A High powered NY litigator, hired to defend a murderer who avenged his young son's death, struggles with his own desires for success versus the moral wishes of his client to choose the ...
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Harry Donovan is an art forger who paints fake Rembrandt picture for five hundred thousand dollars. The girl he meets and gets into bed with, in Paris, Marieke, turns out to be an art ... See full summary »
A seemingly simple time calibration exercise turns sour for Travis Beck when he discovers that his ex-partner and an unknown team of assassins are also in town with the sole aim of stopping him complete his mission.
A High powered NY litigator, hired to defend a murderer who avenged his young son's death, struggles with his own desires for success versus the moral wishes of his client to choose the path of truth.Written by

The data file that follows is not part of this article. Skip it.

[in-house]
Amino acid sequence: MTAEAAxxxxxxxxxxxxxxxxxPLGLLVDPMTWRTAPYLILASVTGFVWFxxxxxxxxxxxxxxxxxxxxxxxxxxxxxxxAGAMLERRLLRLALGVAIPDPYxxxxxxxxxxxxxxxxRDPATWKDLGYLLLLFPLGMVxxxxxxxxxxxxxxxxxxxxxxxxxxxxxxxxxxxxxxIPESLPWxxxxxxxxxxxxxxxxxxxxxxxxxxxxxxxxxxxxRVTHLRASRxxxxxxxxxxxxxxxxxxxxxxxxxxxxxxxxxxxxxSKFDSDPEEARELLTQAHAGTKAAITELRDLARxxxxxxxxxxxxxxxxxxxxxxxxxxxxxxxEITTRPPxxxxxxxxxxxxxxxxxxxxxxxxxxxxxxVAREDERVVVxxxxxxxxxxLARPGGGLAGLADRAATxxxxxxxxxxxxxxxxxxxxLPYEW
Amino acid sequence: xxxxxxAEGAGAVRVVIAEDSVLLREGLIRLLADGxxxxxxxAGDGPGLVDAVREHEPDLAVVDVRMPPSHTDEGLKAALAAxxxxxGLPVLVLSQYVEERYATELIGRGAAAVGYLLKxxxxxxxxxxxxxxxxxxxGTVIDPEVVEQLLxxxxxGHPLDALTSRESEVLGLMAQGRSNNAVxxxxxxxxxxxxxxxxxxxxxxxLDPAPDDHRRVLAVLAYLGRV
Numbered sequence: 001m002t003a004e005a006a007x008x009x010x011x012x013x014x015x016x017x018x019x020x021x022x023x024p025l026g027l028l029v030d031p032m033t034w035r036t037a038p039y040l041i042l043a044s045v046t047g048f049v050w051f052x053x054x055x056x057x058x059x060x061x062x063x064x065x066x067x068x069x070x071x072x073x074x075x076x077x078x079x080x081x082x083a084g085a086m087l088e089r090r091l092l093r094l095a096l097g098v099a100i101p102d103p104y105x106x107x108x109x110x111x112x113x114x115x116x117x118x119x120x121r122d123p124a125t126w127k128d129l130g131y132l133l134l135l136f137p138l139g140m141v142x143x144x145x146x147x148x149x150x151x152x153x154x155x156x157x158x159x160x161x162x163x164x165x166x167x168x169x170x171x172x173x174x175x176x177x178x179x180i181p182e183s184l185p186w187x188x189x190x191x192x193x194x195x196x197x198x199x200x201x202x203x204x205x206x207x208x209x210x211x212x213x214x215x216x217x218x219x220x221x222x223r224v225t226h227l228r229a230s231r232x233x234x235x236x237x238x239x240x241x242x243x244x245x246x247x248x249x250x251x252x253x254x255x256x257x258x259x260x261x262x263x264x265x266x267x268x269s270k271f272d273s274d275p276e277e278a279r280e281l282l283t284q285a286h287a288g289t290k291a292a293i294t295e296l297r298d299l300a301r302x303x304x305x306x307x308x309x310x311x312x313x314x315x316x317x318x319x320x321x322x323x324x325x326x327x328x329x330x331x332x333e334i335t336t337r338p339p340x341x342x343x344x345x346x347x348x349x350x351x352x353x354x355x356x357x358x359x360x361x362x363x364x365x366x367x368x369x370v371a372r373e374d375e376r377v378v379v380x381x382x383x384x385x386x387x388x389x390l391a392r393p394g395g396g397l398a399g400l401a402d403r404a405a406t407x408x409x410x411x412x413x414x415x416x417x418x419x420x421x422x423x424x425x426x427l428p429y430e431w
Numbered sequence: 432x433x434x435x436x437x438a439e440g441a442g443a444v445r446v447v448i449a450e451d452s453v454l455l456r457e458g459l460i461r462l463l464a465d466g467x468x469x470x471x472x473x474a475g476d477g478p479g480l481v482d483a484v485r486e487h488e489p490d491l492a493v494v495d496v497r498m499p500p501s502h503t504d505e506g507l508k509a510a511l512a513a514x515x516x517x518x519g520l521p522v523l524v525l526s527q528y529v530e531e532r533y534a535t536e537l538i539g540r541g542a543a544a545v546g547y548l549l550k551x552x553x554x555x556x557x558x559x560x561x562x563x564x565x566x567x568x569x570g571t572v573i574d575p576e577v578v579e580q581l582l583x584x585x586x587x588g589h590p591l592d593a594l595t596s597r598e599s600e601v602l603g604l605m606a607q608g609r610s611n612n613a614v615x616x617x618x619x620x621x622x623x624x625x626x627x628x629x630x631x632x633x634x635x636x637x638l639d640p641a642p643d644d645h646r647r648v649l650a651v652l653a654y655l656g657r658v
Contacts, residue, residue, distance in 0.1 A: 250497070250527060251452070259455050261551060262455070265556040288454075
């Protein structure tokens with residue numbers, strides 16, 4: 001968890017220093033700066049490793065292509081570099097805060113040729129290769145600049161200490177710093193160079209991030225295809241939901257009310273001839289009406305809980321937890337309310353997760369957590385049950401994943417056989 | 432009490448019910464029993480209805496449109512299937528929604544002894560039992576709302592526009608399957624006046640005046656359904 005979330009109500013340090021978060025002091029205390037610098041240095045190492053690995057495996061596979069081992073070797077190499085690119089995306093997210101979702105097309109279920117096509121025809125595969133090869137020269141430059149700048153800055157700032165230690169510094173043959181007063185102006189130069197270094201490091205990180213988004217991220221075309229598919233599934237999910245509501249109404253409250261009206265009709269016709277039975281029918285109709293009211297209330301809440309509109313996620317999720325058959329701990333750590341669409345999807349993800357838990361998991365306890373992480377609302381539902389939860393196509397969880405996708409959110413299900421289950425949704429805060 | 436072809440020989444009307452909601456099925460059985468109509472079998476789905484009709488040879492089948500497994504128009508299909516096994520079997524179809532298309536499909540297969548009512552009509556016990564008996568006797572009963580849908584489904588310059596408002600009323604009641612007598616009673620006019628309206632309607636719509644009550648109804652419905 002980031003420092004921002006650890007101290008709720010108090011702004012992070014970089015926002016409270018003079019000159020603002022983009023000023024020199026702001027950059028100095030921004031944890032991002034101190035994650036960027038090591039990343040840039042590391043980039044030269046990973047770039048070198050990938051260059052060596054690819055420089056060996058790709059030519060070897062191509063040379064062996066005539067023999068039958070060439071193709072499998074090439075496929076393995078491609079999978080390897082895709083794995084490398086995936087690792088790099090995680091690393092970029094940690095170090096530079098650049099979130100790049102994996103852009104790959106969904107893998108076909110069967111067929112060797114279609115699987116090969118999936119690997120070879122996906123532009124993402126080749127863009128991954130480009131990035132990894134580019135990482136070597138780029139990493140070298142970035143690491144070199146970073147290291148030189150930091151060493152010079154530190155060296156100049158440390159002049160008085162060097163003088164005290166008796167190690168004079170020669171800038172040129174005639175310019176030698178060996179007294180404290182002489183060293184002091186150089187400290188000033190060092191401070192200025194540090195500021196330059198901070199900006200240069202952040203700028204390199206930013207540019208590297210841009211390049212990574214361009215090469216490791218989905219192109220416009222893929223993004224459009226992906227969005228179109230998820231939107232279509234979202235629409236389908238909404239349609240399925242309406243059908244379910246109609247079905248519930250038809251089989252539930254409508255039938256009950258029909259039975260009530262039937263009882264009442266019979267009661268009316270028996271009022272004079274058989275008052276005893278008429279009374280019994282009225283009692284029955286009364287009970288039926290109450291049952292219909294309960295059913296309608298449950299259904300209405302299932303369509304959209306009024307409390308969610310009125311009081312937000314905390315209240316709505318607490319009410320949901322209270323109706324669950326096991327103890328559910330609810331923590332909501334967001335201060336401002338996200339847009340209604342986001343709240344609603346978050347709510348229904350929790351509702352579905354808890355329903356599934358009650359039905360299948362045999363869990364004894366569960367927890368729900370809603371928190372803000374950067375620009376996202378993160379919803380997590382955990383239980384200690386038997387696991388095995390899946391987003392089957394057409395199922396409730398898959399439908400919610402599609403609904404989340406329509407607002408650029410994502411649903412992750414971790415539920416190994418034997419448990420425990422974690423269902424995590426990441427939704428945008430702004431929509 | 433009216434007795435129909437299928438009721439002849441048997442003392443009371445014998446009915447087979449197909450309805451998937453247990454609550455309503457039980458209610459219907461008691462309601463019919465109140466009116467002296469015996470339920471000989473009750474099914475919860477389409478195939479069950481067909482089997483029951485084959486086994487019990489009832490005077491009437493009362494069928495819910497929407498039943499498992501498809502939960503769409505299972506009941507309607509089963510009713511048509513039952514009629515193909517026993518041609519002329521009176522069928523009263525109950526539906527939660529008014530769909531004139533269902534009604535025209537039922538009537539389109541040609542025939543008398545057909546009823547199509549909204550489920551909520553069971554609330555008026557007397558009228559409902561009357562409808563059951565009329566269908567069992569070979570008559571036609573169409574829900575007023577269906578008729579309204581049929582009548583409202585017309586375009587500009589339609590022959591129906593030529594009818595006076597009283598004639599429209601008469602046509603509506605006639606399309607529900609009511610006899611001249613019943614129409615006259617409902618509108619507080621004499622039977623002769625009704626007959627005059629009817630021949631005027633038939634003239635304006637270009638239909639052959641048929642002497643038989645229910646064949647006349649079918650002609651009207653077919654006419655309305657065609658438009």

I'm not a particularly avid follower of movie actors, or of movies as they're released, which probably explains why I found "The Confession"--and Alec Baldwin's performance in it--so surprising. I'd heard nothing about this film and saw it quite by accident.
Movies like "The Confession"--that is, movies with moral dilemmas at their center ("It's not hard to do the right thing; it's hard to know what the right thing is" is the central dilemma of the film)--often bypass the ambiguities of complex moral questions in favor of a single answer everyone can love.
In this film there are moral ambiguities aplenty, and the film deals honestly with the difficulty of facing those ambiguities head-on and taking a clear position. Alec Baldwin's performance was startling and complex--a beautiful thing to watch. The supporting cast, including Amy Irving, was top-notch, too.
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